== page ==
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High Speed Catamarans and Multihulls/Скоростные катамараны и многокорпусные суда

Артикул: 00-01030446
в желания В наличии
Автор: Liang Yun, Alan Bliault, Huan Zong Rong
Издательство: Springer (все книги издательства)
Серия: Катамараны (Все книги серии)
ISBN: 978-1-4939-7889-2
Год: 2019
Переплет: Твердая обложка
Страниц: 783
Вес: 2103 г
9000 P

Издание на английском языке
This book takes a broad view of the multihull concept and its design. We go into some depth on the hydrodynamics of such vessels while also aiming to give the reader an appreciation of what it takes to create a multihull as a project, where the underwater configuration is the starting point. A naval architect or marine engineer will be sensitive to the need to strike a balance between the configuration selection based on service requirement and the consequences of that choice of vessel geometric form for the structure, powering, motions, and total cost of ownership (TCO).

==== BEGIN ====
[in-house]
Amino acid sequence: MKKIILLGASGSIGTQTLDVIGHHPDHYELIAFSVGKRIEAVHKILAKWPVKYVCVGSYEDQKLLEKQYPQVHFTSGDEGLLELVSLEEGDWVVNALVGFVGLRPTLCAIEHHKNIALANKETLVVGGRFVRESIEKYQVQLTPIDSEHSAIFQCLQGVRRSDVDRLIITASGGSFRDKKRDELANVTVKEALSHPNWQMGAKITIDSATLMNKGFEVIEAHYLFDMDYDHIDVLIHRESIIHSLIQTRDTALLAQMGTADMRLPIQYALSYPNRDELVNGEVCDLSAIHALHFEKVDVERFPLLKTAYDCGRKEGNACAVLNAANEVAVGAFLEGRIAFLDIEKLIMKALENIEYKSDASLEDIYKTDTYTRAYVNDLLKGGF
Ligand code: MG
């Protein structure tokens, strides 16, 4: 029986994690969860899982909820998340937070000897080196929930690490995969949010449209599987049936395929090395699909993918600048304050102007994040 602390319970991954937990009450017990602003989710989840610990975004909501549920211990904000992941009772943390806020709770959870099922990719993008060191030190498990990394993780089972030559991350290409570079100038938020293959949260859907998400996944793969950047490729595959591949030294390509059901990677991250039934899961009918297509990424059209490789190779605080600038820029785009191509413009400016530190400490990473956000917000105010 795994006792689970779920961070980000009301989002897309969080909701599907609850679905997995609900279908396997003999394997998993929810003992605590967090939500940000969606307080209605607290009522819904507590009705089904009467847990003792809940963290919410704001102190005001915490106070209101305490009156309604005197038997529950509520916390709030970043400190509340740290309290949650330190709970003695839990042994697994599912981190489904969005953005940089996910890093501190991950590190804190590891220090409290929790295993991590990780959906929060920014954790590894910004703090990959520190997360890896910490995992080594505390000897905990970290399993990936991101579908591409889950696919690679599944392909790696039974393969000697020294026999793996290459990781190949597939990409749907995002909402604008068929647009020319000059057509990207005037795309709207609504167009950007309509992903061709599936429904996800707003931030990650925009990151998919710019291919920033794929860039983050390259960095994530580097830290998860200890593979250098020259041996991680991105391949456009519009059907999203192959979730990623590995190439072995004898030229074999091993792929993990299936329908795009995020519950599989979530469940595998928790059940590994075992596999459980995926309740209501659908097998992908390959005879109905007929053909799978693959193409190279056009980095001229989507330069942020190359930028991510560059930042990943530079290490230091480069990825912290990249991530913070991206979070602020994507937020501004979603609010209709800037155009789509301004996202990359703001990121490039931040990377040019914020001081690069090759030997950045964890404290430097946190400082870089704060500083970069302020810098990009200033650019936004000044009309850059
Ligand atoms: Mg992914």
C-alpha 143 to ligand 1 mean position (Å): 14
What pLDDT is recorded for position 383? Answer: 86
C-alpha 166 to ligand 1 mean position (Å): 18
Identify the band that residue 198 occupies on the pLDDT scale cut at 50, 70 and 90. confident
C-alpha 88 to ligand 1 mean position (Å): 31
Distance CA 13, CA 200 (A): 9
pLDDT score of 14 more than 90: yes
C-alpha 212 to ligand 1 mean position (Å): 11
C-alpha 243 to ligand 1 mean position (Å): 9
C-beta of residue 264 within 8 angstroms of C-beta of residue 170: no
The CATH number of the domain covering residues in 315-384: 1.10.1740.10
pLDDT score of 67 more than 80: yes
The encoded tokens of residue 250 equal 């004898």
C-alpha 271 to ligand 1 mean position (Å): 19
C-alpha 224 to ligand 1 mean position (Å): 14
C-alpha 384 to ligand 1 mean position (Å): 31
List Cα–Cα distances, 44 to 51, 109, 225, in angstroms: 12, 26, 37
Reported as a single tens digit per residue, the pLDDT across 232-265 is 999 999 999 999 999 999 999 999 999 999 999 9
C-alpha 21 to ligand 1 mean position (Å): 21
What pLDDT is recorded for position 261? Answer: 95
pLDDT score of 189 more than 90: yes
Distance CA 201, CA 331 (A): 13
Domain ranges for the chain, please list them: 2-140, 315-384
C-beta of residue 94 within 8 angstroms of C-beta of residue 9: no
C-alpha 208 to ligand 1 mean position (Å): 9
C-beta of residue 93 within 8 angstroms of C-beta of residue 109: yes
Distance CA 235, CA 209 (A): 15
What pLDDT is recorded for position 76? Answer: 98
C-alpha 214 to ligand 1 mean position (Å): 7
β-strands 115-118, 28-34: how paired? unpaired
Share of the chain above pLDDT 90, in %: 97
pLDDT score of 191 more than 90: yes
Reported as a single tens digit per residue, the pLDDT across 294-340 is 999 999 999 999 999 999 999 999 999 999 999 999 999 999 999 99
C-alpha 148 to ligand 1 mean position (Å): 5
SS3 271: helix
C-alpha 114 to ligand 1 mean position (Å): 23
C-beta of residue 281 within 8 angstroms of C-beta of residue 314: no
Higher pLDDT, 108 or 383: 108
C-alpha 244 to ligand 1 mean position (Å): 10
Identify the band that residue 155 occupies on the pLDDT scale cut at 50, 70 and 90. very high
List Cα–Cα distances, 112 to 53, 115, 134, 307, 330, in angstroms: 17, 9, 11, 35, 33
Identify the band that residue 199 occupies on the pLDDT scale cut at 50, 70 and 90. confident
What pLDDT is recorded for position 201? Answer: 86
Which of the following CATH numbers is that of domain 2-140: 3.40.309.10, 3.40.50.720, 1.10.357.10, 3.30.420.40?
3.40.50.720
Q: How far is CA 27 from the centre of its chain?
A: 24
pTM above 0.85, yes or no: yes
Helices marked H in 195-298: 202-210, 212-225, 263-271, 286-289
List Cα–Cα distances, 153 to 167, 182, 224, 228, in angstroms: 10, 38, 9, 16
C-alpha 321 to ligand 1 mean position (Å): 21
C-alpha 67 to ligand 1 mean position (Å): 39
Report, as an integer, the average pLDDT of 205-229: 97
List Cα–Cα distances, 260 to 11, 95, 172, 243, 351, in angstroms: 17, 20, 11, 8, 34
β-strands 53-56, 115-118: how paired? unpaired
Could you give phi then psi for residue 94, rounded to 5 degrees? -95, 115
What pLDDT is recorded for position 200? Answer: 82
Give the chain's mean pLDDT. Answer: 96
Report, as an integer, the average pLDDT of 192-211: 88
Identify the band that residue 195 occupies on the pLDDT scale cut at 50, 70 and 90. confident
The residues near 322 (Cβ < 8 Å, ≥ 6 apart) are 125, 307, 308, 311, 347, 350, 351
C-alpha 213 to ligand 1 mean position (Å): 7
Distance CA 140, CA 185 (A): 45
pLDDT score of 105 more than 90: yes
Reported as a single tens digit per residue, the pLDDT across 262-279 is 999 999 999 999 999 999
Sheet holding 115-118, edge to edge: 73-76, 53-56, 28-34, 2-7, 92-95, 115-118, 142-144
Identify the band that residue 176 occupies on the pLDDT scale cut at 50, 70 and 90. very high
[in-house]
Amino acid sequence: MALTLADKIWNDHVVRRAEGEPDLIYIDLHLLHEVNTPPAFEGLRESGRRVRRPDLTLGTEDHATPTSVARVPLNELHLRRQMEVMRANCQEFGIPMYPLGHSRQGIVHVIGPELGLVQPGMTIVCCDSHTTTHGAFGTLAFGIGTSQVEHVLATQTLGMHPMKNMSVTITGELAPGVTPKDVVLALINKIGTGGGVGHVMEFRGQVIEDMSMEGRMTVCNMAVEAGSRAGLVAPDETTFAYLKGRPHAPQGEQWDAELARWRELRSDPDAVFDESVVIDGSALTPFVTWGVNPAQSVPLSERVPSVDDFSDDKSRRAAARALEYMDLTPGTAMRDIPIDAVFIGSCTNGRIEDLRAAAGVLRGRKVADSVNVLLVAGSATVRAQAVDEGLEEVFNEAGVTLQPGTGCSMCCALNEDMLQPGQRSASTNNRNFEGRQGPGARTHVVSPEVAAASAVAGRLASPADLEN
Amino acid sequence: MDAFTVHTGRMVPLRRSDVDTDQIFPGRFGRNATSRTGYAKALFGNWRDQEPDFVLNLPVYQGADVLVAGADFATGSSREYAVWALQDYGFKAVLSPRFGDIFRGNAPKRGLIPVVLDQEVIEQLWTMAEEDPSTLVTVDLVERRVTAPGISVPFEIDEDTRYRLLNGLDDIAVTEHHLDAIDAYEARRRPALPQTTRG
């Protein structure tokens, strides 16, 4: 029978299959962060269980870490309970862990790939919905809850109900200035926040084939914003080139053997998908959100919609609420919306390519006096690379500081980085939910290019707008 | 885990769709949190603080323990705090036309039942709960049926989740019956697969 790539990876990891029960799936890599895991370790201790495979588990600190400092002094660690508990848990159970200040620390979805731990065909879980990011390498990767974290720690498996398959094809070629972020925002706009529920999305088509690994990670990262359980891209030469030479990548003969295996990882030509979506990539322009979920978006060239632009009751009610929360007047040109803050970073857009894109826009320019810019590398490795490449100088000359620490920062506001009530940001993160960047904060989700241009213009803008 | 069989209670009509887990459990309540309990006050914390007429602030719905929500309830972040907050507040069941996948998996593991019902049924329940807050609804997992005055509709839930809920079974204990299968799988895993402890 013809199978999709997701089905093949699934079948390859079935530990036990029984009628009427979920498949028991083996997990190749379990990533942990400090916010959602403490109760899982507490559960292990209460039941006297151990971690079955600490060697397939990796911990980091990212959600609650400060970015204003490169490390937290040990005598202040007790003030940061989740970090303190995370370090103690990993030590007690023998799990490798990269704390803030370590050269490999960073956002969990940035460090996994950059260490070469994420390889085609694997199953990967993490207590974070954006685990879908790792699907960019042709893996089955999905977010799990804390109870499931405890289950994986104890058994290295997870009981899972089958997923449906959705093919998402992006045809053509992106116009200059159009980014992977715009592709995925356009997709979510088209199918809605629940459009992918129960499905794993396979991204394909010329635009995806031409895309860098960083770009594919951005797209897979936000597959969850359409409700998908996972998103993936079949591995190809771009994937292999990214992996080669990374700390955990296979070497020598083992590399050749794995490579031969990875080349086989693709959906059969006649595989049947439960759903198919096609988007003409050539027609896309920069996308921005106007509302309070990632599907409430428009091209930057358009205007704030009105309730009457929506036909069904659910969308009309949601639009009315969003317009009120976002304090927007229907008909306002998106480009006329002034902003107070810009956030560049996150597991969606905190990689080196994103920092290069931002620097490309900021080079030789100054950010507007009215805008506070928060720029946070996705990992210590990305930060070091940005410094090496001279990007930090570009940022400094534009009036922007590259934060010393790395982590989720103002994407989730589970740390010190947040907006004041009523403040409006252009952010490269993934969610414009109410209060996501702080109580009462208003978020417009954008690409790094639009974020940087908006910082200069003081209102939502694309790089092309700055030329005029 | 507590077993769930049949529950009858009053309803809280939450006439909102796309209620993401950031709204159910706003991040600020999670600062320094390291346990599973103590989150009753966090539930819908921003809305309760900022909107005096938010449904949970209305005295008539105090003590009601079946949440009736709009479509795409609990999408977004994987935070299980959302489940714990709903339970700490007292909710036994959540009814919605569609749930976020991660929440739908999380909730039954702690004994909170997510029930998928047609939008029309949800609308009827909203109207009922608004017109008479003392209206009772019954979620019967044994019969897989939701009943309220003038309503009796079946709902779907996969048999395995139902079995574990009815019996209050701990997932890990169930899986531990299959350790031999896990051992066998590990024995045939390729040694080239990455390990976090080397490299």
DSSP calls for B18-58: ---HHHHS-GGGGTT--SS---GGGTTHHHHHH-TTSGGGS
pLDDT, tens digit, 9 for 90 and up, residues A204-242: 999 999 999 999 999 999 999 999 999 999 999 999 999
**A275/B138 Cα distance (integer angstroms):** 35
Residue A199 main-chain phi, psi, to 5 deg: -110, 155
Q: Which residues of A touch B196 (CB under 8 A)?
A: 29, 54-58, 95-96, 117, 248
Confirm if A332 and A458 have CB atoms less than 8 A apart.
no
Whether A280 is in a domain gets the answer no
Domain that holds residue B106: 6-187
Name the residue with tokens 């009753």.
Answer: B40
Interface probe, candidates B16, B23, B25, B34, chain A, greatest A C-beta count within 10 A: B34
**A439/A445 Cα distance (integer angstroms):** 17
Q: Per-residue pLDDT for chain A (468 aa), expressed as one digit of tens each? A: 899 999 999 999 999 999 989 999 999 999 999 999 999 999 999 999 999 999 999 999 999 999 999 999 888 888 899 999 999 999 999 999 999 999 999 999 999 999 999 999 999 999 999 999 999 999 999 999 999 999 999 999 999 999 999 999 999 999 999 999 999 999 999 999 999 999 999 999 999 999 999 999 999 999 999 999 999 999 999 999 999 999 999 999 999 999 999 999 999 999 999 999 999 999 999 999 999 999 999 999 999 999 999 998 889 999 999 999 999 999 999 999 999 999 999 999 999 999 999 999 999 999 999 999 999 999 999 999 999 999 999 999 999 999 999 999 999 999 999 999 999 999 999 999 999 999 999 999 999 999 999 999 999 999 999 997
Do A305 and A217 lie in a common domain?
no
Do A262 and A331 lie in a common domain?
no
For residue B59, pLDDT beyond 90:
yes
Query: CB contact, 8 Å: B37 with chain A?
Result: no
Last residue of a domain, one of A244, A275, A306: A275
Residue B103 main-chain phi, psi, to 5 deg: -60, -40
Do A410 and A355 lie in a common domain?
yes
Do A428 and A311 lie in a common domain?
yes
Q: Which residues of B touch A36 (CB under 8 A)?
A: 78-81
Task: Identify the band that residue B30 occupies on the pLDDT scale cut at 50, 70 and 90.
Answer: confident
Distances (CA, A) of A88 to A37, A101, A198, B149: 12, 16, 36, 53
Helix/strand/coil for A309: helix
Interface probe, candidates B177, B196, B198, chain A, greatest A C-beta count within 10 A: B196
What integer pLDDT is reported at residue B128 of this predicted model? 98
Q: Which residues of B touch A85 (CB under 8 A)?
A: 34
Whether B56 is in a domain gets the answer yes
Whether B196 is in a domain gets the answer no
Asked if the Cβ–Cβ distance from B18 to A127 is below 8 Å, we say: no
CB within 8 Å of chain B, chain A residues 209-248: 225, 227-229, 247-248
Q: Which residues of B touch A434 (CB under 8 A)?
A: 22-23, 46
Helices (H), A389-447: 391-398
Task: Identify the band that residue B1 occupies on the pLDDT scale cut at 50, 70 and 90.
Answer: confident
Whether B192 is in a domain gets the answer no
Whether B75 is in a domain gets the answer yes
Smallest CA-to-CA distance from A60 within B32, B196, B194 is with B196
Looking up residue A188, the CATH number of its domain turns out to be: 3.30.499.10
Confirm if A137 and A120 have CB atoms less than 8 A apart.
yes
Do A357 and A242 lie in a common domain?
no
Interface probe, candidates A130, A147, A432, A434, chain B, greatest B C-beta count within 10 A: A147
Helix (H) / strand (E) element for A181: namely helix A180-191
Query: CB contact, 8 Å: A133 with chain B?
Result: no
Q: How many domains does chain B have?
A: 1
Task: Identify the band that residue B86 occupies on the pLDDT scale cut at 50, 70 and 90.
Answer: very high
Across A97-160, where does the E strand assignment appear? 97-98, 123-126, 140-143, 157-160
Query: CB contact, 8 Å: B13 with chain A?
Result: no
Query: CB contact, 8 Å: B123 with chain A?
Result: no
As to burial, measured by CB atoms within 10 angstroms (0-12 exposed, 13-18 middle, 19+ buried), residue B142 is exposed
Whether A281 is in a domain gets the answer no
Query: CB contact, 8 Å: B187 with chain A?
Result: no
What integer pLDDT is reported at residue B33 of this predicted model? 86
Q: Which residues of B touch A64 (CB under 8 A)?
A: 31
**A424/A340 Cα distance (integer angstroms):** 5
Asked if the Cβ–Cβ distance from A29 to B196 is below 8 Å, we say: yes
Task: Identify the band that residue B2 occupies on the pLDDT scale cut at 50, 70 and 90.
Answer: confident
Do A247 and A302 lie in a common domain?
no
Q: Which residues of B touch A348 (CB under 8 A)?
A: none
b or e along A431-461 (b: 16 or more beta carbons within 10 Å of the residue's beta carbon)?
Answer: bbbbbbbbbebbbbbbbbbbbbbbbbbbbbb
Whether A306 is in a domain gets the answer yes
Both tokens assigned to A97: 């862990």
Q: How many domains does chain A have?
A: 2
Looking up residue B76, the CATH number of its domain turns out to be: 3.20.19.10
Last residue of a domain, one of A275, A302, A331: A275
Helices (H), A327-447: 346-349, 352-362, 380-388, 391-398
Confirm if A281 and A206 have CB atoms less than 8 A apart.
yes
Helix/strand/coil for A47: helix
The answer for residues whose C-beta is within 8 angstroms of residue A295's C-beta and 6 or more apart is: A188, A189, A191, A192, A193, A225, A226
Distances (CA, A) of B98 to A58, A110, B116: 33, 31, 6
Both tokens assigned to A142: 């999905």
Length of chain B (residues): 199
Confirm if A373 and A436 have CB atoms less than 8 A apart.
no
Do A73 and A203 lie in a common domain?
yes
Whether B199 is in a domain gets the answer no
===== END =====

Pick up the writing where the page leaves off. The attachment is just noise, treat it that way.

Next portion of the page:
Thus, this is a naval architecture book rather than simply a hydrodynamics text.
For a more detailed treatment of hydrodynamics for such vessels, readers are referred to texts given in the references and listed in the resources section at the back of the book. University libraries should have access to printed or electronic versions. We will refer to subject matter covered in these other resources as we progress, taking a project delivery approach. Nevertheless, we present an overall approach to selecting and analyzing the form of a multihull vessel based on work at MARIC, where two of the authors have dedicated their careers to high-speed marine technology. This work in turn is linked throughout the text to research in Norway, the UK, Australia, and, more recently, the USA and further developed using the major project execution experience of author Bliault.
We will follow a sequence that can be applied when working on a multihull project. The early part involves looking at options based on available statistical data or some fundamental analysis. Once a starting configuration (or range of examples) is established, the design and analysis cycle can start. To achieve an “optimum” result, you need to have your roadmap set up with the key decision points and core design limitations (including your specification for accept/reject decisions). Without such a roadmap, the design/configuration can easily go off on a tangent and result in one parameter being optimized but a vessel that does not meet an operator’s overall requirements. We spend some time discussing these decision points in a project timeline.